Pastors and Other Christian Leaders: Loosen Up, Before It’s Too Late!

Pastors and Other Christian Leaders: Loosen Up, Before It’s Too Late! December 4, 2008

I hate criticizing people. Actually, I like criticizing people, but over the years have found that it tends to move whomever I’m criticizing to criticize me back, which is much less fun. The best solution I’ve found is to talk about people behind their backs. I think that’s really a win-win for all.

But now I must speak out directly! I must! Not doing so will make my eyeballs hurt! And then I’ll have to put iodine in them! And then my screaming will disturb the neighbors! So that’s out.

Do you know that I’m quite sure that one of my immediate neighbors works as a … well, never mind.

The criticism that’s threatening my eyes isn’t actually a criticism at all; it’s a loving, encouraging suggestion. And it is this: If you are a pastor or a Famous Christian Leader, consider the possibility that maybe, when you’re up at the lectern, or doing your thing before the cameras or microphones, you could loosen up a little. Relax! Be who you really are, instead of who you think you’re supposed to be.

Ah. It’s already like I’ve jammed cucumbers into my eyes, or whatever that is you’re supposed to do with cucumbers to make your eyes feel good.

I make this call to Personality Cleavage (that is, cleaving to one’s personality) because in my professional life as a lunch mooch and meeting crasher, I have had a fair number of occasions to hang with people whose job it is to essentially represent God to truly vast numbers of people. And I’m always sitting around with these people, and they might be having a drink or two, the way normal people do when they’re hanging out with their friends, and they’ll be way funnier than you’d think. (Or that I expected, anyway.) And I don’t mean the kind of humor where you chuckle with restrained verve and then ask someone to pass the rolls. I’m talking Teamster humor. Rude stuff. Jokes that make you wish you hadn’t just taken a bite of a roll.

It’s awesome.

But then, later, I’ll see those same people on TV, or hear them on the radio, or whatever, and it’s like they’d gotten attacked and treated by a taxidermist. They’ve gone from Richard Pryor to Maury Shaffer. It’s Dr. Jekyll and Mr. Church Lady. From Gildna Radner to Aunt Bea. From Willie to Principal Skinner. From … well, you get the idea.

Half of them—or a third of them, maybe—is gone.

I understand, Christian Leaders, that in your capacity as a representative of our Lord you naturally feel obliged to act dignified and … like a person who doesn’t keep a whoopie cushion on them at all times. Of course. All I’m suggesting is that sometimes, when you’re alone, you might want to take a moment or two to discern whether or not too great a distance has developed between who you are as a ministry leader, and who you really are. It’s when you allow those two things to become too divergent that you set the stage for trouble that’ll send your whole show into the ground.

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  • Perhaps it's because "who they really are" is a self-denying gay man who likes to do meth with male prostitutes while leading large Colorado mega-churches.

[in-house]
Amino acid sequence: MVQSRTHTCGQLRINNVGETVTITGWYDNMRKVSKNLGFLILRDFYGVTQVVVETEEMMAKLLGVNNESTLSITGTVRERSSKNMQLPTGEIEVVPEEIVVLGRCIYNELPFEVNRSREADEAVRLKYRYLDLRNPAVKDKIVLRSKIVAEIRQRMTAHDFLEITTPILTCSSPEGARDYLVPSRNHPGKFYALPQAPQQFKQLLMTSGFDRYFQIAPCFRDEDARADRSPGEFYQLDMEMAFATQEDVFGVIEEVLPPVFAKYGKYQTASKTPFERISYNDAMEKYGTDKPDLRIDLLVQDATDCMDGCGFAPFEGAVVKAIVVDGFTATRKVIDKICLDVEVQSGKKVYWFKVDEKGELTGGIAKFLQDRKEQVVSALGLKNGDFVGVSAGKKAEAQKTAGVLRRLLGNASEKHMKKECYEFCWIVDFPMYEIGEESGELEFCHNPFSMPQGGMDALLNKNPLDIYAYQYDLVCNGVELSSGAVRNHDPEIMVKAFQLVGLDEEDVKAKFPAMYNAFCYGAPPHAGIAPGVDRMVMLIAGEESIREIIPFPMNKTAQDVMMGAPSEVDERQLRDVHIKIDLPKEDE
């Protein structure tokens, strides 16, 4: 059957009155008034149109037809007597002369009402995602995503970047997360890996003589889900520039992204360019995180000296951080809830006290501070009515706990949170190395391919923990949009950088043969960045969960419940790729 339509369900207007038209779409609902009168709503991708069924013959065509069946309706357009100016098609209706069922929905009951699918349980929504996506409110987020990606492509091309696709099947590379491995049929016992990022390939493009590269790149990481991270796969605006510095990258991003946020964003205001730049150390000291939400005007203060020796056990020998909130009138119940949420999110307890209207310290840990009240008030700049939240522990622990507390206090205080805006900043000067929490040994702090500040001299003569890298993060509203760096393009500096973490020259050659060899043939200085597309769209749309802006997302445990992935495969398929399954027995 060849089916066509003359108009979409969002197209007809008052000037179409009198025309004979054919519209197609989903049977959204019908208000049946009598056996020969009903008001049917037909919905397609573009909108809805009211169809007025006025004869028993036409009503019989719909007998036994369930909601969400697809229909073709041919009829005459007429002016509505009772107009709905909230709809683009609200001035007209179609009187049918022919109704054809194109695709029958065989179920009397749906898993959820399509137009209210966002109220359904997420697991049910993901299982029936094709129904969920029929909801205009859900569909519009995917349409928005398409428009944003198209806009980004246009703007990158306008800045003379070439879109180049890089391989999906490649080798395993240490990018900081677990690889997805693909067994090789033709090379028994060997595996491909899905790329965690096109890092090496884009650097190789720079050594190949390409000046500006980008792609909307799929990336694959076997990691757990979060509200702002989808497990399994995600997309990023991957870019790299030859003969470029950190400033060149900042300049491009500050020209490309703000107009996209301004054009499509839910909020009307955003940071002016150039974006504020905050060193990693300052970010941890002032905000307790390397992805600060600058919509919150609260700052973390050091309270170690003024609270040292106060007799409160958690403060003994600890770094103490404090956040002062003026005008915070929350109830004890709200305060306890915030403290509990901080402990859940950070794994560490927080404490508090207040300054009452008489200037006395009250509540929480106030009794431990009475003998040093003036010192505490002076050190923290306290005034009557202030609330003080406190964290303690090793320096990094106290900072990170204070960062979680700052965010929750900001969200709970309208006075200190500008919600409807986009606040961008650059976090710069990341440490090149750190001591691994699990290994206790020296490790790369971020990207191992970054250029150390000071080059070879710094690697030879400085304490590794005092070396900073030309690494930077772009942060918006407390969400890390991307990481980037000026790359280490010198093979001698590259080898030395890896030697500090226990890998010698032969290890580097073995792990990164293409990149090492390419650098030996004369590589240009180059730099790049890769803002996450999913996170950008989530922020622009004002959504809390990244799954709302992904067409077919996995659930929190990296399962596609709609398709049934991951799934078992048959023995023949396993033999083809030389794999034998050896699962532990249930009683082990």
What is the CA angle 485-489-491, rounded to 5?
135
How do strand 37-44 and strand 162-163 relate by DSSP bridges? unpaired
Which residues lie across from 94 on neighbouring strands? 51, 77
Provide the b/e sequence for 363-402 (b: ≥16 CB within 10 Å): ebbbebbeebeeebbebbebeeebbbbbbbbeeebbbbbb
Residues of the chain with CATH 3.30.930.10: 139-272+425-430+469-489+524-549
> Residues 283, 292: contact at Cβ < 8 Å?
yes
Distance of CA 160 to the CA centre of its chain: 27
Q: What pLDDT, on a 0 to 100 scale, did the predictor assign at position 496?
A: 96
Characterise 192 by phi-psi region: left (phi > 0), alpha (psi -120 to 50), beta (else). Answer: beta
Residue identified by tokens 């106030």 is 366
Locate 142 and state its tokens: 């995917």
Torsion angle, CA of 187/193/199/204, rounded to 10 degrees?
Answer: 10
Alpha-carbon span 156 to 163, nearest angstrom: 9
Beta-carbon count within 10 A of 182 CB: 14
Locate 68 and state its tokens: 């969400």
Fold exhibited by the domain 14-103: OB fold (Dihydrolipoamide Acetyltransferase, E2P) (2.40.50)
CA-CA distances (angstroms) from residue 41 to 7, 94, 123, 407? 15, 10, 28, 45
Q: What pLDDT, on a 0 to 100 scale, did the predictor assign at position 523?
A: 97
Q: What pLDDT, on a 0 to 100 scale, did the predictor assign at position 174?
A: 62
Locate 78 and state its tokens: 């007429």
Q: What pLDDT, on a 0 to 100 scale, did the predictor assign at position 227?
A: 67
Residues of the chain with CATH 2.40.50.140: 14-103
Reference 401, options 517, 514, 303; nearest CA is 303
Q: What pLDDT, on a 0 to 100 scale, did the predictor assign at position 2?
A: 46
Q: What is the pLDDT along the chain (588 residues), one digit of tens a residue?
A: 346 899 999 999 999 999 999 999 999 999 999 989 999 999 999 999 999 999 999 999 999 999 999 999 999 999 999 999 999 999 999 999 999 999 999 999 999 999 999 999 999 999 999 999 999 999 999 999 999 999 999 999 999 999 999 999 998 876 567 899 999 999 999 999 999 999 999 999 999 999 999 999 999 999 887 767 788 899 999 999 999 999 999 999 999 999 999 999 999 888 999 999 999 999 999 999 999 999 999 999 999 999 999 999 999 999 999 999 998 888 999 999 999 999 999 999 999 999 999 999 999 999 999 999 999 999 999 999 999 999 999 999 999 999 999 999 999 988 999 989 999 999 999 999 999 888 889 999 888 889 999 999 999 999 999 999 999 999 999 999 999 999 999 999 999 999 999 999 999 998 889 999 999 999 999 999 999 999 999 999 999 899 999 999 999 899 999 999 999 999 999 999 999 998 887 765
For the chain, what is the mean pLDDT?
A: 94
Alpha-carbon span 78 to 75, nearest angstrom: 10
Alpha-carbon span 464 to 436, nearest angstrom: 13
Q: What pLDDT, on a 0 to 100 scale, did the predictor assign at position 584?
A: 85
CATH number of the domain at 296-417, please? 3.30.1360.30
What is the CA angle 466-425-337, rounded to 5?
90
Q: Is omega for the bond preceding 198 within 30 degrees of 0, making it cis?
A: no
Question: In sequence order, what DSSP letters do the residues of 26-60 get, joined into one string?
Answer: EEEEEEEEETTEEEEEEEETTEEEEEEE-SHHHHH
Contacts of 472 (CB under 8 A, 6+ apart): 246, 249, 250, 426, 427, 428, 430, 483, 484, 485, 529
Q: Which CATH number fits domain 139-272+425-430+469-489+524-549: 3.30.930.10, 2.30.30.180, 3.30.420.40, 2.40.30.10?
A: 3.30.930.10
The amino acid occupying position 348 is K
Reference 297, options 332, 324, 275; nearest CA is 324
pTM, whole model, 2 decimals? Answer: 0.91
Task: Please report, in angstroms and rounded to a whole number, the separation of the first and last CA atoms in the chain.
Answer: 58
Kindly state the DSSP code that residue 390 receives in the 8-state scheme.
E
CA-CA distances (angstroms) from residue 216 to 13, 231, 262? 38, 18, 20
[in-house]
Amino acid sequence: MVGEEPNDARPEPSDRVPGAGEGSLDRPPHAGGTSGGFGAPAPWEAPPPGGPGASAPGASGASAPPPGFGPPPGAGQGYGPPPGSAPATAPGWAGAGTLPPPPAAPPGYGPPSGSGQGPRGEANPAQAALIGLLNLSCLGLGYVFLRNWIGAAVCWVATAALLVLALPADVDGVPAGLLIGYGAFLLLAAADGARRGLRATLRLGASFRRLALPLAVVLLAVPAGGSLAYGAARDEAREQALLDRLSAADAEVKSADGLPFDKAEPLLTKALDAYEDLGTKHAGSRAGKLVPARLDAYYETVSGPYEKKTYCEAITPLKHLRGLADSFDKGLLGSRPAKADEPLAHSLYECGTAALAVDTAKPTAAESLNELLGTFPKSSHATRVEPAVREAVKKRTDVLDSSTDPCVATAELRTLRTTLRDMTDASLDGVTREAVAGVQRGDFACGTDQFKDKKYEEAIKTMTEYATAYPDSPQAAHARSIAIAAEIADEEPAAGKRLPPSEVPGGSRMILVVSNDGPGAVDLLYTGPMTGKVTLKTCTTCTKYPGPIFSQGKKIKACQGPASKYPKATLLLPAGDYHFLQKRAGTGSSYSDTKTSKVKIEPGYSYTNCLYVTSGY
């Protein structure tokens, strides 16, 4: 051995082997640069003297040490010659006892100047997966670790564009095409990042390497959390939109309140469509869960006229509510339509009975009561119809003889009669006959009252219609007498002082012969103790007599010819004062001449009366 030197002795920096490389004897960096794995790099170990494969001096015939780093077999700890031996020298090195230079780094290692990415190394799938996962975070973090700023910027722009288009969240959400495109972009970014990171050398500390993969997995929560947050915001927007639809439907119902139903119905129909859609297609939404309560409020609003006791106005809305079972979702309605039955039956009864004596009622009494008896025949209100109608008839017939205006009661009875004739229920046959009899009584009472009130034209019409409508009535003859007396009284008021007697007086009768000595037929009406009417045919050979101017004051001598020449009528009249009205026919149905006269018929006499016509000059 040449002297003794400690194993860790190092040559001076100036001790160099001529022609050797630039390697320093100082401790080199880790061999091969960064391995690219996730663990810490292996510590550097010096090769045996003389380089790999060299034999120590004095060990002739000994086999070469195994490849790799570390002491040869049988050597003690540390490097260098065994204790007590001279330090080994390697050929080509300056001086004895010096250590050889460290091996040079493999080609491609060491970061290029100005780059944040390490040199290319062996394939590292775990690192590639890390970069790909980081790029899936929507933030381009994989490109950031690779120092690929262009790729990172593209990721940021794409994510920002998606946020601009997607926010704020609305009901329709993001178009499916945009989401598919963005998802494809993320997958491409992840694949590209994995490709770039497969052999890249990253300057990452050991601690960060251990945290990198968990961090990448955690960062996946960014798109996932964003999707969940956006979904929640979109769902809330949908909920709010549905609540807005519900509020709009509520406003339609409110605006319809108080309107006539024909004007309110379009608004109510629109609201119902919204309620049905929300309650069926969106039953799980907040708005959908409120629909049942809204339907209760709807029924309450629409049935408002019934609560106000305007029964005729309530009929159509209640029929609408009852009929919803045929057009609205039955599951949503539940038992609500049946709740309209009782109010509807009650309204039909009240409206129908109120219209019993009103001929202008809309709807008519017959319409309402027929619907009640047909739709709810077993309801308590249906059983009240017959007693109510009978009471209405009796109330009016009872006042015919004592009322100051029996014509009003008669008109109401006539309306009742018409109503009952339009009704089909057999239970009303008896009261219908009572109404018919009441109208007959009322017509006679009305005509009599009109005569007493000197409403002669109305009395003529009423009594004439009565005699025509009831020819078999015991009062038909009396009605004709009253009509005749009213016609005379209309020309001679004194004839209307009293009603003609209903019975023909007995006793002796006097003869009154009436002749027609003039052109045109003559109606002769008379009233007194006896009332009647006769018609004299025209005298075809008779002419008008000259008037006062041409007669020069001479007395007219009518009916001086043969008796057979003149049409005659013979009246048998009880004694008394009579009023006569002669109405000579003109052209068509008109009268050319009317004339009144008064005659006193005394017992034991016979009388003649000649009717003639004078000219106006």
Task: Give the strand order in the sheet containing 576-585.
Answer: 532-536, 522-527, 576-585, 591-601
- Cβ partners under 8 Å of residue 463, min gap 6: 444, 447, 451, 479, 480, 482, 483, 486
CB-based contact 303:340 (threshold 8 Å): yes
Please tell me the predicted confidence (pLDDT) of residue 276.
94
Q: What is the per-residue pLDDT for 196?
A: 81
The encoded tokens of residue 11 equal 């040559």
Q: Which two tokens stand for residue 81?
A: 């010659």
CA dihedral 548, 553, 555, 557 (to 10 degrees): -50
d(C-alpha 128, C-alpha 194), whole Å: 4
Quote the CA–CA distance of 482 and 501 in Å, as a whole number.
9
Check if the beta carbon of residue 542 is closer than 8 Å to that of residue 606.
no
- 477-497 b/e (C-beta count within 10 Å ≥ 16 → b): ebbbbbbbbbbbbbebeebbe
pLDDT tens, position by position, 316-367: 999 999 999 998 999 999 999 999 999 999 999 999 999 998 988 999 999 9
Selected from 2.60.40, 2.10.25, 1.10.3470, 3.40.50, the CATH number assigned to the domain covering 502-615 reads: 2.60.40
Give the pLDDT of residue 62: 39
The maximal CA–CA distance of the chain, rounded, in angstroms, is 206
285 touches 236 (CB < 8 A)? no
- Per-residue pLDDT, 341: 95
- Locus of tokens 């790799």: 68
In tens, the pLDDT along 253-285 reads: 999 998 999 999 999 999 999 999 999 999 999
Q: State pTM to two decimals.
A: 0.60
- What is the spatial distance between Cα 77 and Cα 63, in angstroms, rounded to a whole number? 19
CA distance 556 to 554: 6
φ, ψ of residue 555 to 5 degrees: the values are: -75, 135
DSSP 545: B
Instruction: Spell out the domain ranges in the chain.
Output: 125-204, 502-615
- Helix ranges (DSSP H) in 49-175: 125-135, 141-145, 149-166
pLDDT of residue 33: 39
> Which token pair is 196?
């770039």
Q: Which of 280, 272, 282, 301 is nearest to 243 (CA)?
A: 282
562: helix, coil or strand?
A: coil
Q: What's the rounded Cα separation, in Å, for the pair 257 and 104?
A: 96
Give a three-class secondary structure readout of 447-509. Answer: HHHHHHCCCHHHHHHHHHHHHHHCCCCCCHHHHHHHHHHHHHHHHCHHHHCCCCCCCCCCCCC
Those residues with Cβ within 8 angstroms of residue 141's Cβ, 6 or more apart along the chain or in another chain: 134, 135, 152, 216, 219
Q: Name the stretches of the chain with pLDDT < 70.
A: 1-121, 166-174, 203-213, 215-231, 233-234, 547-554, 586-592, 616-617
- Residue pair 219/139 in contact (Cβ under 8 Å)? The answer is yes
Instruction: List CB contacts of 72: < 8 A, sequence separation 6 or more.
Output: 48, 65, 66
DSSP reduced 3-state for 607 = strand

No, I guess you're right, that's not true of ALL Christian leaders. I think that case does make many of us think the worst about these pastors in direct proportion to their holy demeanor in public.

    So here's where I'm going to agree with you John Shore using a very unusual example… Christian Heavy Metal. I'll admit I'm a big fan of a number of Xian metal bands including "As I Lay Dying" and "Zao." I've seen both of these bands perform and while they're true to their faith… and the shows even include a certain amount of "witnessing", they're also abjectly true to themselves and speak clearly to their audiences.

    So until Daniel Weyandt starts preaching hate at a mega-church, I would prefer to look on him and folks like him as representing the best of what Christian leaders have to offer.

  • This is simply outstanding John! I posted some of it at my place with a link to your blog. More religious folks (not just leaders) need to hear this. Of course I don't need it 🙂

  • Good stuff, and this is why yesterday I turned down the chance to preach a sermon in January at my church (~800 members). I'd only want to be the 100% real me, and frankly they ain't ready for that yet.

  • When we go church hunting, finding real people is one of our big priorities. If they're as crass and warped as we are, even better, but not mandatory (we're not really THAT crass or warped, I'm finding).

  • Red, you are such the rebel! 😉 We have to do a beer sometime in this lifetime.

    I think this topic is worthy of many posts cause there are so many nuances to it. Most Christians are SO focused on everyone's theology and behavior, that they cannot help but "rate" everyone they see. Yet they learned this behavior in the churches, so Pastors in a sense are having to live with the very animal they created.

    For myself, I love a Pastor who finds Smith's "Dogma" spiritually insightful. 🙂

  • Rich

    This knife cuts both ways.

    Some pastors who are naturally reserved–even borderline stoic–yet brilliant theologically, try to fit the mold of the "new generation pastor". Faux-hawk with highlighted tips, tragically hip glasses (even though their vision is 20/20), jeans with strategically placed holes, and a retro dress shirt from Hot Topic…swapping their regular pulpit for notes on a Blackberry complete with Powerpoint slide show…trying to do their best Rob Bell/Tony Robbins impression on Sunday mornings.